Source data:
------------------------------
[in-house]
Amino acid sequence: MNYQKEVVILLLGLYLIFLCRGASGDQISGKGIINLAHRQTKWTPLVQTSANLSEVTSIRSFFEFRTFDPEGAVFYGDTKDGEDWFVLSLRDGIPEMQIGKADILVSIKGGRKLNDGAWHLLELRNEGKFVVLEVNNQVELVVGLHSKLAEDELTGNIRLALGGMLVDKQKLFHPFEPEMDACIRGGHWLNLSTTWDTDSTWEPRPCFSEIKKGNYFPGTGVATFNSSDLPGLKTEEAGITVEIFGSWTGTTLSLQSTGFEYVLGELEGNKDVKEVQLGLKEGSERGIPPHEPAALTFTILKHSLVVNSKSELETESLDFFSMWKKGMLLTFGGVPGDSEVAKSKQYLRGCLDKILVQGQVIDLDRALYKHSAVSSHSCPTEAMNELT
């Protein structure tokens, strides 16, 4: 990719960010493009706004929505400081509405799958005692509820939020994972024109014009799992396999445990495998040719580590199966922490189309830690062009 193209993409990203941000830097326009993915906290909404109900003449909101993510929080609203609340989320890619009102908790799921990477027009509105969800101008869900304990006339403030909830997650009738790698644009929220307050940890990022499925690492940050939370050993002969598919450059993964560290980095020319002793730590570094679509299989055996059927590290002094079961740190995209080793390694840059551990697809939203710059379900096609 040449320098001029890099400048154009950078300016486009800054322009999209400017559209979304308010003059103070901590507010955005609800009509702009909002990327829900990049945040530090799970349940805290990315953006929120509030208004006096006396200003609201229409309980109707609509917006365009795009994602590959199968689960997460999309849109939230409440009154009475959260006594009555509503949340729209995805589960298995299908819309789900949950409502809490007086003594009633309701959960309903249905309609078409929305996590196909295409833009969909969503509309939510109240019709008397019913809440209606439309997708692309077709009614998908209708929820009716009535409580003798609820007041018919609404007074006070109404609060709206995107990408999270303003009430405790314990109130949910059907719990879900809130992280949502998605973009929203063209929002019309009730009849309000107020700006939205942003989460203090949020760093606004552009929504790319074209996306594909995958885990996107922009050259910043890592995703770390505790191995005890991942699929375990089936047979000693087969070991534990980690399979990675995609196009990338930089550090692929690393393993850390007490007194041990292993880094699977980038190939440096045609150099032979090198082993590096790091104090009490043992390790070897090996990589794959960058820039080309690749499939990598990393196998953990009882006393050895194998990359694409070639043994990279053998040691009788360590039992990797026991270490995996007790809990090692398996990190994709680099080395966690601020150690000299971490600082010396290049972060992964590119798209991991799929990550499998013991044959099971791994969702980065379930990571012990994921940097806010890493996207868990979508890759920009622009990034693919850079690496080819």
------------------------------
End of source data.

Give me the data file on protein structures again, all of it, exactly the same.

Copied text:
[in-house]
Amino acid sequence: MNYQKEVVILLLGLYLIFLCRGASGDQISGKGIINLAHRQTKWTPLVQTSANLSEVTSIRSFFEFRTFDPEGAVFYGDTKDGEDWFVLSLRDGIPEMQIGKADILVSIKGGRKLNDGAWHLLELRNEGKFVVLEVNNQVELVVGLHSKLAEDELTGNIRLALGGMLVDKQKLFHPFEPEMDACIRGGHWLNLSTTWDTDSTWEPRPCFSEIKKGNYFPGTGVATFNSSDLPGLKTEEAGITVEIFGSWTGTTLSLQSTGFEYVLGELEGNKDVKEVQLGLKEGSERGIPPHEPAALTFTILKHSLVVNSKSELETESLDFFSMWKKGMLLTFGGVPGDSEVAKSKQYLRGCLDKILVQGQVIDLDRALYKHSAVSSHSCPTEAMNELT
């Protein structure tokens, strides 16, 4: 990719960010493009706004929505400081509405799958005692509820939020994972024109014009799992396999445990495998040719580590199966922490189309830690062009 193209993409990203941000830097326009993915906290909404109900003449909101993510929080609203609340989320890619009102908790799921990477027009509105969800101008869900304990006339403030909830997650009738790698644009929220307050940890990022499925690492940050939370050993002969598919450059993964560290980095020319002793730590570094679509299989055996059927590290002094079961740190995209080793390694840059551990697809939203710059379900096609 040449320098001029890099400048154009950078300016486009800054322009999209400017559209979304308010003059103070901590507010955005609800009509702009909002990327829900990049945040530090799970349940805290990315953006929120509030208004006096006396200003609201229409309980109707609509917006365009795009994602590959199968689960997460999309849109939230409440009154009475959260006594009555509503949340729209995805589960298995299908819309789900949950409502809490007086003594009633309701959960309903249905309609078409929305996590196909295409833009969909969503509309939510109240019709008397019913809440209606439309997708692309077709009614998908209708929820009716009535409580003798609820007041018919609404007074006070109404609060709206995107990408999270303003009430405790314990109130949910059907719990879900809130992280949502998605973009929203063209929002019309009730009849309000107020700006939205942003989460203090949020760093606004552009929504790319074209996306594909995958885990996107922009050259910043890592995703770390505790191995005890991942699929375990089936047979000693087969070991534990980690399979990675995609196009990338930089550090692929690393393993850390007490007194041990292993880094699977980038190939440096045609150099032979090198082993590096790091104090009490043992390790070897090996990589794959960058820039080309690749499939990598990393196998953990009882006393050895194998990359694409070639043994990279053998040691009788360590039992990797026991270490995996007790809990090692398996990190994709680099080395966690601020150690000299971490600082010396290049972060992964590119798209991991799929990550499998013991044959099971791994969702980065379930990571012990994921940097806010890493996207868990979508890759920009622009990034693919850079690496080819």